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State of Women in the Inland Empire

State of Women in the Inland Empire

Authors: Tina Aoun,
Paola Avendano, Elizabeth Ayala, Marlenee Blas-Pedral,
Denise Davis, Stephanie DeMora, Dr. Jennifer Merolla,
Dr. Karthick Ramakrishnan, Dalia Valdez Renteria, Gary
Rettberg, Sono Shah, Yiming Shao, Bia Vieira, and Esau
Casimiro Vieyra.

Publication: Center for Social Innovation, UC Riverside

Date: October 2019

This report provides an overview of the state of women in the Inland Empire region of Riverside and San Bernardino Counties, a fast-growing area with 2.3 million women. As a historically marginalized group, women in the region, and especially women of color, have faced significant economic and societal challenges, as well as barriers to nonprofit leadership and political representation.

Overall, women in the Inland Empire earn just 68 cents for every dollar earned by men in the region. This gap widens when accounting for race or ethnicity. Native American and Latina women have the largest earnings gaps, making only 36 and 42 cents, respectively, on the dollar when compared to White men. The gender gap also persists within racial and ethnic groups, as women earn less than men of the same race or ethnicity. In addition, rising costs of childcare and other economic challenges make it difficult for women to remain in the workforce, limiting household incomes.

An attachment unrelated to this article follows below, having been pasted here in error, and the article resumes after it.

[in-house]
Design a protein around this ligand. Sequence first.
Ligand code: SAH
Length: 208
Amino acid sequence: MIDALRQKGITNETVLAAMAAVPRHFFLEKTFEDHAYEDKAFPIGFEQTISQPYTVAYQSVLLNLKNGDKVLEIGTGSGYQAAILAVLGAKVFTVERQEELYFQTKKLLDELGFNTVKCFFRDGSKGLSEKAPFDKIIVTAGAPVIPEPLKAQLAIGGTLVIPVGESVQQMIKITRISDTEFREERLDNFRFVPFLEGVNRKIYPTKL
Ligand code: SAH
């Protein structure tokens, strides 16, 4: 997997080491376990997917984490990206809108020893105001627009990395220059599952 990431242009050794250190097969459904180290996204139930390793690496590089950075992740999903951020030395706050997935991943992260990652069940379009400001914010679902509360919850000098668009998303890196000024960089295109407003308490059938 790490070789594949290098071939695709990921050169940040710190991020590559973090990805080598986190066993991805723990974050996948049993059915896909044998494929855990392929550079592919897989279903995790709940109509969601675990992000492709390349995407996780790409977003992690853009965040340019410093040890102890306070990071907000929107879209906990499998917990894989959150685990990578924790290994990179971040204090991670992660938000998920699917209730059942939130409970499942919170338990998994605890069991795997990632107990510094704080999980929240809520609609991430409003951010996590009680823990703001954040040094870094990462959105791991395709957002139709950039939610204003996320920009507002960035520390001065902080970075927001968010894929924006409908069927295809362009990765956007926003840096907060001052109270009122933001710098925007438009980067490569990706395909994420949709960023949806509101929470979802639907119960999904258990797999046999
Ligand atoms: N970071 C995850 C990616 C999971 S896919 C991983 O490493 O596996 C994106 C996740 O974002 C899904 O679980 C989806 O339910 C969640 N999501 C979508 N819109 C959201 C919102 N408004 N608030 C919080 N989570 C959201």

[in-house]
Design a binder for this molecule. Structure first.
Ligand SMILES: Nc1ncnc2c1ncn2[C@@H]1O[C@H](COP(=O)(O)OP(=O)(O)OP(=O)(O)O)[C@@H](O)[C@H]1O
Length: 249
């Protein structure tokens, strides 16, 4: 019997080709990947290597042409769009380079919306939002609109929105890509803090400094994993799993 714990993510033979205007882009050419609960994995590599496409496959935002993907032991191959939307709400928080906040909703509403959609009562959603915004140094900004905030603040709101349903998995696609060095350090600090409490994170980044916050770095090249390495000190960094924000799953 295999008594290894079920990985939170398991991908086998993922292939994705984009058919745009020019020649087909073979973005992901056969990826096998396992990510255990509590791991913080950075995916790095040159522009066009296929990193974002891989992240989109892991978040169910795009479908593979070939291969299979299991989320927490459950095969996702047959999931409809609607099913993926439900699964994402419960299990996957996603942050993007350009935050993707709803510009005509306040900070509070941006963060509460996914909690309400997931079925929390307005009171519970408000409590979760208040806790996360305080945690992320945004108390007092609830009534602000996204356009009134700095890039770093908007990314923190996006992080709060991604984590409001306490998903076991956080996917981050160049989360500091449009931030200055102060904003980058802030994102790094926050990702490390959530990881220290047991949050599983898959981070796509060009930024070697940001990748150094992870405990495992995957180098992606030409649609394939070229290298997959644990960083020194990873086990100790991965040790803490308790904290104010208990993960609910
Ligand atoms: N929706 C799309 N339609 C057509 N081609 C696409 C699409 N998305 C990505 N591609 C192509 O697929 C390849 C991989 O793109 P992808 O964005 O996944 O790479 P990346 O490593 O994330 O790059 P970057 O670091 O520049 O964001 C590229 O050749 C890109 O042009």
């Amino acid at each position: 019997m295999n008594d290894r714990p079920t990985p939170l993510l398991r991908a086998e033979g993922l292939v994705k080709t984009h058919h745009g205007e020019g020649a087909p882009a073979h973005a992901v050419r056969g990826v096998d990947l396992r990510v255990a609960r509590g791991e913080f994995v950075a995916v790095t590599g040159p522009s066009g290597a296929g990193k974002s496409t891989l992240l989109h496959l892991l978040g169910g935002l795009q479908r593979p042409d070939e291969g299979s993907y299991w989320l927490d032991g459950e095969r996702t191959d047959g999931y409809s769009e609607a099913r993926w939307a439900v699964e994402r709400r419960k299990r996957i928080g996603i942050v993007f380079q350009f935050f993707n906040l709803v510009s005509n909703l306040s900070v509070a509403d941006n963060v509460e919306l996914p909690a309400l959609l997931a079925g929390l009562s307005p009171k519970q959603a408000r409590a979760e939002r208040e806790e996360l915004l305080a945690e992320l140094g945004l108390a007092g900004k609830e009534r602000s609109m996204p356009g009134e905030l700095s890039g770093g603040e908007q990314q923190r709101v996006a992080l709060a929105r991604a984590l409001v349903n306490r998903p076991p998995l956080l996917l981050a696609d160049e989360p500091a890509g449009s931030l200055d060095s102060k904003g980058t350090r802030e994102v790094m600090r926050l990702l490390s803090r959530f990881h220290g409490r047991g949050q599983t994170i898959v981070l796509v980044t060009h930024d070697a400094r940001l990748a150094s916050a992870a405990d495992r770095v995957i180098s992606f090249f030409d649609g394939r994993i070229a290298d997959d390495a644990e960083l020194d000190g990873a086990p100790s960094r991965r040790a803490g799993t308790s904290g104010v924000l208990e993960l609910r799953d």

The Inland Empire also has substantial gender disparities in political representation. Women tend to be under-represented, and men over-represented, in nearly every level of elected office. The only exception is with respect to school board members in San Bernardino County, where women have greater representation. While there has been an increase in women running and winning elected office in recent years, much more progress is needed.

With respect to health, women in the region tend to have lower rates of chronic diseases, with the exception of asthma. Women are also more likely than men to report having mental distress within the past year. Additionally, domestic violence call rates are well below the statewide average in Riverside County, suggesting possible gaps in resource availability and awareness.

Several prominent initiatives have emerged to address these challenges. Women’s groups and networks have formed to address equal pay, women’s safety, and equal political representation. This report contains interviews from local women leaders working in these organizations.

One common thread in these interviews is an optimistic outlook for the region, as nonprofits work more collaboratively to boost the strength of women leaders and organizations. Greater philanthropic investments will be key to ensure the sustainability and growth of these initiatives as well as others

State of Women-Cover

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